Biodiversity is the diversity of species, ecosystems and genes on earth. This richness underpins all aspects of human life, from food and fresh water to the strength of the global economy.  Protecting and promoting biodiversity is key to a healthy planet and to achieving the Sustainable Development Goals (SDGs). Yet, biodiversity is in unprecedented decline. Up to 1 million species are threatened by extinction and many ecosystems are at risk of collapse. The world is standing on the edge of a 6th mass extinction event that would destructively impact on communities and economies worldwide. 

Global efforts to date have not been enough to stem these losses. Of the 20 global biodiversity Aichi targets set for the period 2010-2020, only 6 were partially achieved. None were met in full. But there are areas of hope: targeted efforts in protected areas are improving outcomes for nature, and conservation efforts are preventing some extinctions. Further, the causes of biodiversity loss and ecosystem degradation are well known, and there is widespread agreement on many of the actions required to address them. The forthcoming Global Biodiversity Framework will bolden these aspirations.

The key drivers of the biodiversity crisis, like changes in land and sea use, direct exploitation of organisms, continuing climate change and pollution and invasive alien species, are caused by human values and behaviours. Alongside protecting and restoring nature, we will need to address climate change and tackle the underlying causes of biodiversity loss: our financial systems, our food systems, and our wider models of consumption and production.  This implies big changes to way we live and operate as societies around the world. In order to achieve this, the whole of society has a part to play.

This is a last chance decade for both biodiversity and climate. There is an urgent need to recognize our dependence on a healthy planet and to work together to re-establish a positive relationship with nature, for the benefit of people and planet.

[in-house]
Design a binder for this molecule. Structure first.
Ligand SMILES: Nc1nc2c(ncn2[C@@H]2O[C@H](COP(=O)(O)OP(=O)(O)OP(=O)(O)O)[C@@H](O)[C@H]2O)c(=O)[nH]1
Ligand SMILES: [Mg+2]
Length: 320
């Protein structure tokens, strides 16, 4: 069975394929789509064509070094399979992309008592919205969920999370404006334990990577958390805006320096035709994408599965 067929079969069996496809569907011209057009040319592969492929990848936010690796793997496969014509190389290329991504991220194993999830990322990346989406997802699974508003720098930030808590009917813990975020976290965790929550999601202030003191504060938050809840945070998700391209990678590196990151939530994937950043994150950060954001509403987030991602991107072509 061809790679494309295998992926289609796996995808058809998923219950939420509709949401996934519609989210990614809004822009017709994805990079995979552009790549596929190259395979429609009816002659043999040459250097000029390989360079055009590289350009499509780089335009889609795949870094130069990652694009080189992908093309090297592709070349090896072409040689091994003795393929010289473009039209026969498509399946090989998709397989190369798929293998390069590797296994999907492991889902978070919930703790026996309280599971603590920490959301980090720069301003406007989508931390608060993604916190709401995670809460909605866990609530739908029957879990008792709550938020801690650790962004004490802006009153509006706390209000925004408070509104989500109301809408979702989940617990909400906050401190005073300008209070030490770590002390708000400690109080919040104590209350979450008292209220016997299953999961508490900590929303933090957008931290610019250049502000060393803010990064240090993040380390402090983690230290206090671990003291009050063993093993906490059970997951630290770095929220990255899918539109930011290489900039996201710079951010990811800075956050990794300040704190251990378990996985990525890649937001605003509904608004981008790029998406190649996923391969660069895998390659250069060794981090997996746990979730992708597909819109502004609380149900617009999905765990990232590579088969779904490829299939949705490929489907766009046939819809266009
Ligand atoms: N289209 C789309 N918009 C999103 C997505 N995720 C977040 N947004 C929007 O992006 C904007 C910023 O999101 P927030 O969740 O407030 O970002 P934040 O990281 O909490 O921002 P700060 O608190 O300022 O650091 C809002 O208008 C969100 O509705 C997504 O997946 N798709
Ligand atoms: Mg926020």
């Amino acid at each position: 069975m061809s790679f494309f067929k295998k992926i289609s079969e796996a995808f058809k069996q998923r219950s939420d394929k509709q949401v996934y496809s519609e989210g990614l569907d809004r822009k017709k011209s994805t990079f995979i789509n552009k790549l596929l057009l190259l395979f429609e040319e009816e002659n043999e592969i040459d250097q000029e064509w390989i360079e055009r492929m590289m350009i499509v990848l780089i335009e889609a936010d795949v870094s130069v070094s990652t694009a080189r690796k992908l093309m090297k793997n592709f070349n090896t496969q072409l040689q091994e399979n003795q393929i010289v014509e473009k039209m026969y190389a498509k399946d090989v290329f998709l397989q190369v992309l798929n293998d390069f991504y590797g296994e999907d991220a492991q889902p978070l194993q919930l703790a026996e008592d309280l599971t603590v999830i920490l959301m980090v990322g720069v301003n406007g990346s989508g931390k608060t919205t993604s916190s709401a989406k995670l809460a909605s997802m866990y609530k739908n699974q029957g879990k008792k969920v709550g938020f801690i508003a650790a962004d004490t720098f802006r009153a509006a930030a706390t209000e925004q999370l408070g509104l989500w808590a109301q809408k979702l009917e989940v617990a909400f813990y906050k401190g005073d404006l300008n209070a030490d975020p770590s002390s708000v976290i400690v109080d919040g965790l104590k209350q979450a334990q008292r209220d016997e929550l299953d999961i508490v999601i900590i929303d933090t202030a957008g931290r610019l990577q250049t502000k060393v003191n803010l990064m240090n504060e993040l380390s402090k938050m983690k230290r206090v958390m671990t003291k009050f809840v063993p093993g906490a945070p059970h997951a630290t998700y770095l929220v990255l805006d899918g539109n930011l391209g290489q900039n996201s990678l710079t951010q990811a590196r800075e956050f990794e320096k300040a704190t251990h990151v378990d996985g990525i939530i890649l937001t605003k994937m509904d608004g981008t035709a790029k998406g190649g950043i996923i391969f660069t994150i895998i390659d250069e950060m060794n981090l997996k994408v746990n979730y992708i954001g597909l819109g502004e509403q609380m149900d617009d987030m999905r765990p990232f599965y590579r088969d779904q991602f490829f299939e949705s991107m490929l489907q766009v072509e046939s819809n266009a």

Explore data Knowledge products Business and Biodiversity More resources
Explore the Data Biodiversity Knowledge Products Business and Biodiversity Action More resources – selected reports
Explore the Data

Key resources to understand, map, and take actions to address the biodiversity crisis

The UN Biodiversity Lab can be used to access and analyze global data in order to provide key information on the Convention on Biological Diversity's (CBD) Aichi Biodiversity Targets and on the nature-based Sustainable Development Goals. 
UN Biodiversity Lab

Protected planet


IUCN Red List Key Areas
Ocean and Habitats
Information Facility
Protected Planet Initiative  IUCN Red List of Threatened Species Key Biodiversity Areas Ocean & Habitats Global Biodiversity Information Facility 
Biodiversity Knowledge Products for Governments

Key resources to track progress on the implementation of the biodiversity-related conventions





Species plus


online reporting


Data reporting


Nature map


Biodiversity Indicators Partnership
(indicator data) 
CITES Trade Database
(wildlife species in trade)
(and CITES Checklist data on CITES listed Species and legal information)
Online Reporting System (supporting national reporting cycles of selected MEAs) Data Reporting Tool (DaRT)
(for national parties to  organise information across multiple MEAs 
(integrating nature and climate in decision making)


The UN Biodiversity Lab can be used to access and analyze global data in order to provide key information on the Convention on Biological Diversity's (CBD) Aichi Biodiversity Targets and on the nature-based Sustainable Development Goals. 

UN Biodiversity Lab

Business and Biodiversity Action


Businesses depend on or impact biodiversity, either directly through their activities or indirectly through their supply chains. In order to manage impacts and dependencies on biodiversity, and demonstrate improved performance, businesses and financial institutions need robust measurement approaches to understand and manage risks and leverage opportunities.

Pressure for corporate biodiversity disclosure is increasing, driven by investors, policymakers and civil society. Businesses and financial institutions are increasingly being called upon to demonstrate how they are positively contributing to biodiversity challenges and feeding into societal efforts to address them (e.g. the post-2020 global biodiversity framework and the Sustainable Development Goals). Work is underway to create alignment on using approaches like the mitigation hierarchy to achieve no net loss or net gain performance objectives for biodiversity.
UNEP-WCMC and with partners convenes key stakeholders to improve clarity and build consensus on how businesses and financial institutions can measure and report on performance.

integrated tool encore


Aligning measures


Integrated Biodiversity Assessment Tool (screening for areas of biodiversity importance)  ENCORE (financial risks and business dependencies associated with natural capital)   Aligning Biodiversity Measures for Business (screening for areas of biodiversity importance) 


More resources – selected assessments and reports